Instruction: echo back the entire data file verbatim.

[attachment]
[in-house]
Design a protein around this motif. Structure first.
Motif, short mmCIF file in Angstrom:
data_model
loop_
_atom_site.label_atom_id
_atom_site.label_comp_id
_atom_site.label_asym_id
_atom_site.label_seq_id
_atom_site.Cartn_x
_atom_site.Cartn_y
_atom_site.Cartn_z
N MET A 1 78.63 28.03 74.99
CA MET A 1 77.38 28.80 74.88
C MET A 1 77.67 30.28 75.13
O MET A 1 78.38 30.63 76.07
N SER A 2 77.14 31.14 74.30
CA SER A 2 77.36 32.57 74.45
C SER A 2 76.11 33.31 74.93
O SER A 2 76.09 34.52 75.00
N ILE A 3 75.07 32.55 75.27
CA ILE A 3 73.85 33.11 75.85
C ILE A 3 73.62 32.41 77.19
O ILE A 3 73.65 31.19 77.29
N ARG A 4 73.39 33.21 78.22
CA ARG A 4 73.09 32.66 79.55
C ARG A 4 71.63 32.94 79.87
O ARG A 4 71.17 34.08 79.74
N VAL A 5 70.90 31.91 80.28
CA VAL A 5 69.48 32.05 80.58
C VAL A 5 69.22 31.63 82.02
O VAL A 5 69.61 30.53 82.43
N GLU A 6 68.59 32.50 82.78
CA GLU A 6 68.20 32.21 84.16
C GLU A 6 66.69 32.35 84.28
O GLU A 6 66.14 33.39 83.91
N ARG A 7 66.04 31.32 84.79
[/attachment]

[in-house]
Design a protein around this motif. Structure first.
Motif, short mmCIF file in Angstrom:
data_model
loop_
_atom_site.label_atom_id
_atom_site.label_comp_id
_atom_site.label_asym_id
_atom_site.label_seq_id
_atom_site.Cartn_x
_atom_site.Cartn_y
_atom_site.Cartn_z
N MET A 1 78.63 28.03 74.99
CA MET A 1 77.38 28.80 74.88
C MET A 1 77.67 30.28 75.13
O MET A 1 78.38 30.63 76.07
N SER A 2 77.14 31.14 74.30
CA SER A 2 77.36 32.57 74.45
C SER A 2 76.11 33.31 74.93
O SER A 2 76.09 34.52 75.00
N ILE A 3 75.07 32.55 75.27
CA ILE A 3 73.85 33.11 75.85
C ILE A 3 73.62 32.41 77.19
O ILE A 3 73.65 31.19 77.29
N ARG A 4 73.39 33.21 78.22
CA ARG A 4 73.09 32.66 79.55
C ARG A 4 71.63 32.94 79.87
O ARG A 4 71.17 34.08 79.74
N VAL A 5 70.90 31.91 80.28
CA VAL A 5 69.48 32.05 80.58
C VAL A 5 69.22 31.63 82.02
O VAL A 5 69.61 30.53 82.43
N GLU A 6 68.59 32.50 82.78
CA GLU A 6 68.20 32.21 84.16
C GLU A 6 66.69 32.35 84.28
O GLU A 6 66.14 33.39 83.91
N ARG A 7 66.04 31.32 84.79